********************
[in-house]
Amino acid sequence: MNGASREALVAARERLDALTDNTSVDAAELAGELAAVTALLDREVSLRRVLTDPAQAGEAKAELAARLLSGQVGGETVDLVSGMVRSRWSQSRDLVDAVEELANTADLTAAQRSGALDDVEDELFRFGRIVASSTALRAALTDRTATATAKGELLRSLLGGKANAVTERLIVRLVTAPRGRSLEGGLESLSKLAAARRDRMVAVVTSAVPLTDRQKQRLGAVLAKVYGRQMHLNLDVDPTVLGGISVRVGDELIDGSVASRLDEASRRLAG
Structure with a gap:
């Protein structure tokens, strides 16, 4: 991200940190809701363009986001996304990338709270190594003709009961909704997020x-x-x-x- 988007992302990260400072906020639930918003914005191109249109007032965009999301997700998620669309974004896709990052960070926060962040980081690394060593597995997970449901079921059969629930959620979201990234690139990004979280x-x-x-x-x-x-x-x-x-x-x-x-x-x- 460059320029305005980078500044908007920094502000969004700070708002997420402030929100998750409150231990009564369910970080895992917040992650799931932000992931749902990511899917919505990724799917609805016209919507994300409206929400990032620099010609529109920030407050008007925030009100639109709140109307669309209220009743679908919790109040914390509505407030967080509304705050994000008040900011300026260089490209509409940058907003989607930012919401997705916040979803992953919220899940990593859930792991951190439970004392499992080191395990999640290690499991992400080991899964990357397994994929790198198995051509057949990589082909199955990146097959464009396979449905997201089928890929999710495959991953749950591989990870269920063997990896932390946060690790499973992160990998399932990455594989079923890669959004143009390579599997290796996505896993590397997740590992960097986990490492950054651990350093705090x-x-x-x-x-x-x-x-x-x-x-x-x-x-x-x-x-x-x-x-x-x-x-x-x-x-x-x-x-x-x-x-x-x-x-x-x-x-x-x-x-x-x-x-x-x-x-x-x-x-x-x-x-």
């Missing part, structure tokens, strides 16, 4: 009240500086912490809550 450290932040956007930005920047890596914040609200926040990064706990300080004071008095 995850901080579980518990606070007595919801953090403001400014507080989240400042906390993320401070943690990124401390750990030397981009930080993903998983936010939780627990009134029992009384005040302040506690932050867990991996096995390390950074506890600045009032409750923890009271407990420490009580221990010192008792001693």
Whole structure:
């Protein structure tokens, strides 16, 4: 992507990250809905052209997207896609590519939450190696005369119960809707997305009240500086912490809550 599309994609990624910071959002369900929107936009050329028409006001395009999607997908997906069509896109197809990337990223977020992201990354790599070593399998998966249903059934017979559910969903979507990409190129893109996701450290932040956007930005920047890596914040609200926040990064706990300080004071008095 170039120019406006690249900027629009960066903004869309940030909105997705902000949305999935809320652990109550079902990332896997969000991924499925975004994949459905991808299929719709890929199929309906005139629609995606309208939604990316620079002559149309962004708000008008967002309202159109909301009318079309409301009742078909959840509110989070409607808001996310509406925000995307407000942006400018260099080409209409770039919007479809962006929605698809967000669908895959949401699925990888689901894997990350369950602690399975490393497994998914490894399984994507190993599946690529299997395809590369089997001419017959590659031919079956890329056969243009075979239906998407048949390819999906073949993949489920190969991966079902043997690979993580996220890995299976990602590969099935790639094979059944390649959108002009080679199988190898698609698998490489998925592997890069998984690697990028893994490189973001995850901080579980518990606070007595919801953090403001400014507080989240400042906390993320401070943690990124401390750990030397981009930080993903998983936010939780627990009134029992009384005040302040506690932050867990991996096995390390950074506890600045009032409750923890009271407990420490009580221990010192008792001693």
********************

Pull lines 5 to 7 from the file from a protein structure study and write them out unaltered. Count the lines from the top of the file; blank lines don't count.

């Missing part, structure tokens, strides 16, 4: 009240500086912490809550 450290932040956007930005920047890596914040609200926040990064706990300080004071008095 995850901080579980518990606070007595919801953090403001400014507080989240400042906390993320401070943690990124401390750990030397981009930080993903998983936010939780627990009134029992009384005040302040506690932050867990991996096995390390950074506890600045009032409750923890009271407990420490009580221990010192008792001693």
Whole structure:
């Protein structure tokens, strides 16, 4: 992507990250809905052209997207896609590519939450190696005369119960809707997305009240500086912490809550 599309994609990624910071959002369900929107936009050329028409006001395009999607997908997906069509896109197809990337990223977020992201990354790599070593399998998966249903059934017979559910969903979507990409190129893109996701450290932040956007930005920047890596914040609200926040990064706990300080004071008095 170039120019406006690249900027629009960066903004869309940030909105997705902000949305999935809320652990109550079902990332896997969000991924499925975004994949459905991808299929719709890929199929309906005139629609995606309208939604990316620079002559149309962004708000008008967002309202159109909301009318079309409301009742078909959840509110989070409607808001996310509406925000995307407000942006400018260099080409209409770039919007479809962006929605698809967000669908895959949401699925990888689901894997990350369950602690399975490393497994998914490894399984994507190993599946690529299997395809590369089997001419017959590659031919079956890329056969243009075979239906998407048949390819999906073949993949489920190969991966079902043997690979993580996220890995299976990602590969099935790639094979059944390649959108002009080679199988190898698609698998490489998925592997890069998984690697990028893994490189973001995850901080579980518990606070007595919801953090403001400014507080989240400042906390993320401070943690990124401390750990030397981009930080993903998983936010939780627990009134029992009384005040302040506690932050867990991996096995390390950074506890600045009032409750923890009271407990420490009580221990010192008792001693």